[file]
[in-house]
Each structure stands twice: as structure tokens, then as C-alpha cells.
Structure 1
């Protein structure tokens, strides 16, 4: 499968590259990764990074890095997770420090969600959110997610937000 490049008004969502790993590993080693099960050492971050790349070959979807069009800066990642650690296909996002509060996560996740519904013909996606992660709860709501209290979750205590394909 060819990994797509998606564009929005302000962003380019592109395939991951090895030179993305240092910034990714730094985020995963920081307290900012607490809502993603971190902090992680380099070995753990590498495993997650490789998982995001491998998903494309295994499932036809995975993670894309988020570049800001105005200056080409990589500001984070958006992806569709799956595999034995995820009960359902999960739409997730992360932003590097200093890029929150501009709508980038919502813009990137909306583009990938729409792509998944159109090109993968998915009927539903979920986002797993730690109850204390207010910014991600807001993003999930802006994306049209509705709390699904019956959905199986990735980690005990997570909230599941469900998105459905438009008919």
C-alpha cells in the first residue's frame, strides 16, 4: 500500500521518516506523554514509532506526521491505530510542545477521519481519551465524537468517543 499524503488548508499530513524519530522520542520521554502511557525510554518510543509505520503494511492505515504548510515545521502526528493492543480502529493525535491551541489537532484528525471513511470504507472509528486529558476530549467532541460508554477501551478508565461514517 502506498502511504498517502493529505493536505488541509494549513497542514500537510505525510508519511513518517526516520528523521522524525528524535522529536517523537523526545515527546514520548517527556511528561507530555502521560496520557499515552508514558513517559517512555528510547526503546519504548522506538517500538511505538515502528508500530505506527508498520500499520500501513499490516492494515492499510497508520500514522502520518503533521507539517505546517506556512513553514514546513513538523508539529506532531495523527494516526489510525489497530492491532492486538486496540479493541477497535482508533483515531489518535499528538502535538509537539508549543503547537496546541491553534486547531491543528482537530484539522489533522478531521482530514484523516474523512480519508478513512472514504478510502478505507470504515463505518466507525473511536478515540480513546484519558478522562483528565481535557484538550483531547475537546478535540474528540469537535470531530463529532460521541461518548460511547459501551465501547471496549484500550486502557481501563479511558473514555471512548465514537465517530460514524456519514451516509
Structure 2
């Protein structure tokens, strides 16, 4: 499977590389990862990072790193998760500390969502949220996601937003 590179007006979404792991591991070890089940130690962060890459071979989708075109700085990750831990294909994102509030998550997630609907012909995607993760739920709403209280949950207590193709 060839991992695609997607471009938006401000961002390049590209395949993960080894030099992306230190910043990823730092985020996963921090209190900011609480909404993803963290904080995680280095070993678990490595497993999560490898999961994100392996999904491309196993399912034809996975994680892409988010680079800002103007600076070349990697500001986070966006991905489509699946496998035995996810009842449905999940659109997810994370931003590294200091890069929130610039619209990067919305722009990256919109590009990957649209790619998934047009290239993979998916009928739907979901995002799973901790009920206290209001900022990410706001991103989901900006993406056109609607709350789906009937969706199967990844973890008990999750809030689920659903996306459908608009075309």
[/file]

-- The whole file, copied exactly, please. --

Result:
[in-house]
Each structure stands twice: as structure tokens, then as C-alpha cells.
Structure 1
């Protein structure tokens, strides 16, 4: 499968590259990764990074890095997770420090969600959110997610937000 490049008004969502790993590993080693099960050492971050790349070959979807069009800066990642650690296909996002509060996560996740519904013909996606992660709860709501209290979750205590394909 060819990994797509998606564009929005302000962003380019592109395939991951090895030179993305240092910034990714730094985020995963920081307290900012607490809502993603971190902090992680380099070995753990590498495993997650490789998982995001491998998903494309295994499932036809995975993670894309988020570049800001105005200056080409990589500001984070958006992806569709799956595999034995995820009960359902999960739409997730992360932003590097200093890029929150501009709508980038919502813009990137909306583009990938729409792509998944159109090109993968998915009927539903979920986002797993730690109850204390207010910014991600807001993003999930802006994306049209509705709390699904019956959905199986990735980690005990997570909230599941469900998105459905438009008919």
C-alpha cells in the first residue's frame, strides 16, 4: 500500500521518516506523554514509532506526521491505530510542545477521519481519551465524537468517543 499524503488548508499530513524519530522520542520521554502511557525510554518510543509505520503494511492505515504548510515545521502526528493492543480502529493525535491551541489537532484528525471513511470504507472509528486529558476530549467532541460508554477501551478508565461514517 502506498502511504498517502493529505493536505488541509494549513497542514500537510505525510508519511513518517526516520528523521522524525528524535522529536517523537523526545515527546514520548517527556511528561507530555502521560496520557499515552508514558513517559517512555528510547526503546519504548522506538517500538511505538515502528508500530505506527508498520500499520500501513499490516492494515492499510497508520500514522502520518503533521507539517505546517506556512513553514514546513513538523508539529506532531495523527494516526489510525489497530492491532492486538486496540479493541477497535482508533483515531489518535499528538502535538509537539508549543503547537496546541491553534486547531491543528482537530484539522489533522478531521482530514484523516474523512480519508478513512472514504478510502478505507470504515463505518466507525473511536478515540480513546484519558478522562483528565481535557484538550483531547475537546478535540474528540469537535470531530463529532460521541461518548460511547459501551465501547471496549484500550486502557481501563479511558473514555471512548465514537465517530460514524456519514451516509
Structure 2
């Protein structure tokens, strides 16, 4: 499977590389990862990072790193998760500390969502949220996601937003 590179007006979404792991591991070890089940130690962060890459071979989708075109700085990750831990294909994102509030998550997630609907012909995607993760739920709403209280949950207590193709 060839991992695609997607471009938006401000961002390049590209395949993960080894030099992306230190910043990823730092985020996963921090209190900011609480909404993803963290904080995680280095070993678990490595497993999560490898999961994100392996999904491309196993399912034809996975994680892409988010680079800002103007600076070349990697500001986070966006991905489509699946496998035995996810009842449905999940659109997810994370931003590294200091890069929130610039619209990067919305722009990256919109590009990957649209790619998934047009290239993979998916009928739907979901995002799973901790009920206290209001900022990410706001991103989901900006993406056109609607709350789906009937969706199967990844973890008990999750809030689920659903996306459908608009075309």